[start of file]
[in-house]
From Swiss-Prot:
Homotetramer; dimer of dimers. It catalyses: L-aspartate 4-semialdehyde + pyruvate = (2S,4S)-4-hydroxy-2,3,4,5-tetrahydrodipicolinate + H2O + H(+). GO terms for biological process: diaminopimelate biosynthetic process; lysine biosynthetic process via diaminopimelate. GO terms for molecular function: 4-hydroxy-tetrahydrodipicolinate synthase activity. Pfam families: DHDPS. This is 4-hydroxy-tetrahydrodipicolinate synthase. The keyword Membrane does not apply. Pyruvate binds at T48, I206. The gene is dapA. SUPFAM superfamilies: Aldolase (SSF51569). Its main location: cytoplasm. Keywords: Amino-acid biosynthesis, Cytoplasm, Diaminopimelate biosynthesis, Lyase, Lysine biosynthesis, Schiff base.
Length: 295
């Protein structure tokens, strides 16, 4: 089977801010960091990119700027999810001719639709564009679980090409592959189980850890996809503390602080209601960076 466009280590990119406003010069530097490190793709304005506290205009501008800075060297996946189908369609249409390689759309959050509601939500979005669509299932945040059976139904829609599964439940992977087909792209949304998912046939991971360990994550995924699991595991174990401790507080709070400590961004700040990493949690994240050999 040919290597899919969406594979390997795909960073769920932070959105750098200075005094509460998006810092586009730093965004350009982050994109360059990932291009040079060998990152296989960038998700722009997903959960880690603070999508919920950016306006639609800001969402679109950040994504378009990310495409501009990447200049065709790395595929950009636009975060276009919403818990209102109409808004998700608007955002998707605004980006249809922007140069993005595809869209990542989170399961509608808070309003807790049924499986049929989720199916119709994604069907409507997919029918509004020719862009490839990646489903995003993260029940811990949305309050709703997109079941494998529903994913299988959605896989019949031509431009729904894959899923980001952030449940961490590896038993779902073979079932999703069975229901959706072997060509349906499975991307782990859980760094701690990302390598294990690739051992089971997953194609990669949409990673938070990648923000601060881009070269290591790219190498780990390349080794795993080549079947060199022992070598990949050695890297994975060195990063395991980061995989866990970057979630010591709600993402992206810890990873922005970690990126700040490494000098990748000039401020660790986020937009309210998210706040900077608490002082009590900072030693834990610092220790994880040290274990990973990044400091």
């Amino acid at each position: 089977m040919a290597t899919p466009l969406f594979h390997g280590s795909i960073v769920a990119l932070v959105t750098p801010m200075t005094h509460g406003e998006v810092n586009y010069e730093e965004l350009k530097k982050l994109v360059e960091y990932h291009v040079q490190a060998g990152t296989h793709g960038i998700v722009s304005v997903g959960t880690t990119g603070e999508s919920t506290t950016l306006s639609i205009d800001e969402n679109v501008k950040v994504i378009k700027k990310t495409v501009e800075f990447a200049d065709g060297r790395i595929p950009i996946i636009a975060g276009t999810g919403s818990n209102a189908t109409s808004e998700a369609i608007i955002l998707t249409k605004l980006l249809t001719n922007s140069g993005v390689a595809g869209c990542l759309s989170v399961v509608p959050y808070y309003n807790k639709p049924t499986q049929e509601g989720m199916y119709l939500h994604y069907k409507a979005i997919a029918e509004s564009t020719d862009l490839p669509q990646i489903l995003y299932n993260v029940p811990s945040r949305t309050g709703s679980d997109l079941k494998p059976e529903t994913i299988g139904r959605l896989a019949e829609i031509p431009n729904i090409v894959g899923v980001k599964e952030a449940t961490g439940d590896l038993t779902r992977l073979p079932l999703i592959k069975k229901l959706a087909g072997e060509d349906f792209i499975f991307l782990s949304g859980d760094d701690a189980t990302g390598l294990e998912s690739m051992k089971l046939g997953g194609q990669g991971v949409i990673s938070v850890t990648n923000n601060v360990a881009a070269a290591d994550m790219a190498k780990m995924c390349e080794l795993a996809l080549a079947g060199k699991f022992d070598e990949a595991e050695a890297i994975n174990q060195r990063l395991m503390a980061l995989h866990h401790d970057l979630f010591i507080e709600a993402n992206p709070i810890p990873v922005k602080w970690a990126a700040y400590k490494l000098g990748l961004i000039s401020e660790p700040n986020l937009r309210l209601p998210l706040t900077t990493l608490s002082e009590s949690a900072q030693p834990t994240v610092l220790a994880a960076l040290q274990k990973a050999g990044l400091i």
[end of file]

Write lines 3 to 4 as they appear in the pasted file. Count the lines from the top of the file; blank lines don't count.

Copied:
Homotetramer; dimer of dimers. It catalyses: L-aspartate 4-semialdehyde + pyruvate = (2S,4S)-4-hydroxy-2,3,4,5-tetrahydrodipicolinate + H2O + H(+). GO terms for biological process: diaminopimelate biosynthetic process; lysine biosynthetic process via diaminopimelate. GO terms for molecular function: 4-hydroxy-tetrahydrodipicolinate synthase activity. Pfam families: DHDPS. This is 4-hydroxy-tetrahydrodipicolinate synthase. The keyword Membrane does not apply. Pyruvate binds at T48, I206. The gene is dapA. SUPFAM superfamilies: Aldolase (SSF51569). Its main location: cytoplasm. Keywords: Amino-acid biosynthesis, Cytoplasm, Diaminopimelate biosynthesis, Lyase, Lysine biosynthesis, Schiff base.
Length: 295